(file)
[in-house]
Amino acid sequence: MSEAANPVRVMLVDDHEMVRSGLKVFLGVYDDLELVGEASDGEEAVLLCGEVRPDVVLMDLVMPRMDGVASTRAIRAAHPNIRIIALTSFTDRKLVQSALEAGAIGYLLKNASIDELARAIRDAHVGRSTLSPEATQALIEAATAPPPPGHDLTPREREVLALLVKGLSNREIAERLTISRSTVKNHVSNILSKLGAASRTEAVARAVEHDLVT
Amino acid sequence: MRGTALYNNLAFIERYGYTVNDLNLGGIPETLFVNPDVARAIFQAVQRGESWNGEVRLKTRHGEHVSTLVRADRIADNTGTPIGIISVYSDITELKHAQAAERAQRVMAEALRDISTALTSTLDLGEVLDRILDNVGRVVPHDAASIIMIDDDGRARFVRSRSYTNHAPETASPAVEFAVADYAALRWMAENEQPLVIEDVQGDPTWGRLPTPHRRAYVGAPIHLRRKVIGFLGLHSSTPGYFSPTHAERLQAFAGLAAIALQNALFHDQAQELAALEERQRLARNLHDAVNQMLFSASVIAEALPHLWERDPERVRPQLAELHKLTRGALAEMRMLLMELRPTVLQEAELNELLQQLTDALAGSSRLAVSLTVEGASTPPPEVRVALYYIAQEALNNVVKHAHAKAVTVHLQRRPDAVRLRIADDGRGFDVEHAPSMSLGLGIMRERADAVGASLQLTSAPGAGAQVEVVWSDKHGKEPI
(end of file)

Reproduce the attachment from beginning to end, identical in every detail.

[in-house]
Amino acid sequence: MSEAANPVRVMLVDDHEMVRSGLKVFLGVYDDLELVGEASDGEEAVLLCGEVRPDVVLMDLVMPRMDGVASTRAIRAAHPNIRIIALTSFTDRKLVQSALEAGAIGYLLKNASIDELARAIRDAHVGRSTLSPEATQALIEAATAPPPPGHDLTPREREVLALLVKGLSNREIAERLTISRSTVKNHVSNILSKLGAASRTEAVARAVEHDLVT
Amino acid sequence: MRGTALYNNLAFIERYGYTVNDLNLGGIPETLFVNPDVARAIFQAVQRGESWNGEVRLKTRHGEHVSTLVRADRIADNTGTPIGIISVYSDITELKHAQAAERAQRVMAEALRDISTALTSTLDLGEVLDRILDNVGRVVPHDAASIIMIDDDGRARFVRSRSYTNHAPETASPAVEFAVADYAALRWMAENEQPLVIEDVQGDPTWGRLPTPHRRAYVGAPIHLRRKVIGFLGLHSSTPGYFSPTHAERLQAFAGLAAIALQNALFHDQAQELAALEERQRLARNLHDAVNQMLFSASVIAEALPHLWERDPERVRPQLAELHKLTRGALAEMRMLLMELRPTVLQEAELNELLQQLTDALAGSSRLAVSLTVEGASTPPPEVRVALYYIAQEALNNVVKHAHAKAVTVHLQRRPDAVRLRIADDGRGFDVEHAPSMSLGLGIMRERADAVGASLQLTSAPGAGAQVEVVWSDKHGKEPI